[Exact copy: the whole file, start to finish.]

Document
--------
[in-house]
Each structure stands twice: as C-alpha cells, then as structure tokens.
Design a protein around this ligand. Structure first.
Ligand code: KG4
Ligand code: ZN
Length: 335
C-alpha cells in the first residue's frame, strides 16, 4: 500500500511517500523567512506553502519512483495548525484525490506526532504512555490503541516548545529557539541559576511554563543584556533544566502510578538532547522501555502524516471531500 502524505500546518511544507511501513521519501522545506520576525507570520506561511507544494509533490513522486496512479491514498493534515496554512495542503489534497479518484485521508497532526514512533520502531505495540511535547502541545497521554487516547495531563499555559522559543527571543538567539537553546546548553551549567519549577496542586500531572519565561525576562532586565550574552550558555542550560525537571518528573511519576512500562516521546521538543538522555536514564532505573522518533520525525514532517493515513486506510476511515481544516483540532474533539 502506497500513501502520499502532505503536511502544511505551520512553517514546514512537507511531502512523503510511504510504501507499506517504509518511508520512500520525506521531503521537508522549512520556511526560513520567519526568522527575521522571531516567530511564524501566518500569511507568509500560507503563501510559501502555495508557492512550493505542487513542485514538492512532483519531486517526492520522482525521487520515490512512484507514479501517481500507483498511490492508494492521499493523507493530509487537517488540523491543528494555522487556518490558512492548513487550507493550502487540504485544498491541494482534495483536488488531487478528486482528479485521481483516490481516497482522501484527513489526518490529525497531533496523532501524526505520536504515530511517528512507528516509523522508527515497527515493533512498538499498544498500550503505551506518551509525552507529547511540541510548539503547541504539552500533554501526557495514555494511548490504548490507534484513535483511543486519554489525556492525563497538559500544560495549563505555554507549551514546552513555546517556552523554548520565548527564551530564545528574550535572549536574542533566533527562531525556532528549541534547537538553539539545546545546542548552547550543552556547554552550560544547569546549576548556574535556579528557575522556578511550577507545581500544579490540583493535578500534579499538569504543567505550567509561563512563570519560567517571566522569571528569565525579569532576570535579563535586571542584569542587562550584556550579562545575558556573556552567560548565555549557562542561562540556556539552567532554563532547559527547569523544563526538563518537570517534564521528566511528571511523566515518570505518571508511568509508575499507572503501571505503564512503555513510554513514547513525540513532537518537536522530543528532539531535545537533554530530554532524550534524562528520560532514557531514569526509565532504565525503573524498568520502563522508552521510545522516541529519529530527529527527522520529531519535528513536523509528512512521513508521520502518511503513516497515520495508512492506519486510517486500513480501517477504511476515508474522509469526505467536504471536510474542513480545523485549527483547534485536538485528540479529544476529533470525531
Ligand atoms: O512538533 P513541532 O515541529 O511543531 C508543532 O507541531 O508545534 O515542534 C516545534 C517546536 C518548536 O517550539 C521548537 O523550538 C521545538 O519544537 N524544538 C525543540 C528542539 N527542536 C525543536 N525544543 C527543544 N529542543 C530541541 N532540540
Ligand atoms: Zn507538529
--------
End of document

[in-house]
Each structure stands twice: as C-alpha cells, then as structure tokens.
Design a protein around this ligand. Structure first.
Ligand code: KG4
Ligand code: ZN
Length: 335
C-alpha cells in the first residue's frame, strides 16, 4: 500500500511517500523567512506553502519512483495548525484525490506526532504512555490503541516548545529557539541559576511554563543584556533544566502510578538532547522501555502524516471531500 502524505500546518511544507511501513521519501522545506520576525507570520506561511507544494509533490513522486496512479491514498493534515496554512495542503489534497479518484485521508497532526514512533520502531505495540511535547502541545497521554487516547495531563499555559522559543527571543538567539537553546546548553551549567519549577496542586500531572519565561525576562532586565550574552550558555542550560525537571518528573511519576512500562516521546521538543538522555536514564532505573522518533520525525514532517493515513486506510476511515481544516483540532474533539 502506497500513501502520499502532505503536511502544511505551520512553517514546514512537507511531502512523503510511504510504501507499506517504509518511508520512500520525506521531503521537508522549512520556511526560513520567519526568522527575521522571531516567530511564524501566518500569511507568509500560507503563501510559501502555495508557492512550493505542487513542485514538492512532483519531486517526492520522482525521487520515490512512484507514479501517481500507483498511490492508494492521499493523507493530509487537517488540523491543528494555522487556518490558512492548513487550507493550502487540504485544498491541494482534495483536488488531487478528486482528479485521481483516490481516497482522501484527513489526518490529525497531533496523532501524526505520536504515530511517528512507528516509523522508527515497527515493533512498538499498544498500550503505551506518551509525552507529547511540541510548539503547541504539552500533554501526557495514555494511548490504548490507534484513535483511543486519554489525556492525563497538559500544560495549563505555554507549551514546552513555546517556552523554548520565548527564551530564545528574550535572549536574542533566533527562531525556532528549541534547537538553539539545546545546542548552547550543552556547554552550560544547569546549576548556574535556579528557575522556578511550577507545581500544579490540583493535578500534579499538569504543567505550567509561563512563570519560567517571566522569571528569565525579569532576570535579563535586571542584569542587562550584556550579562545575558556573556552567560548565555549557562542561562540556556539552567532554563532547559527547569523544563526538563518537570517534564521528566511528571511523566515518570505518571508511568509508575499507572503501571505503564512503555513510554513514547513525540513532537518537536522530543528532539531535545537533554530530554532524550534524562528520560532514557531514569526509565532504565525503573524498568520502563522508552521510545522516541529519529530527529527527522520529531519535528513536523509528512512521513508521520502518511503513516497515520495508512492506519486510517486500513480501517477504511476515508474522509469526505467536504471536510474542513480545523485549527483547534485536538485528540479529544476529533470525531
Ligand atoms: O512538533 P513541532 O515541529 O511543531 C508543532 O507541531 O508545534 O515542534 C516545534 C517546536 C518548536 O517550539 C521548537 O523550538 C521545538 O519544537 N524544538 C525543540 C528542539 N527542536 C525543536 N525544543 C527543544 N529542543 C530541541 N532540540
Ligand atoms: Zn507538529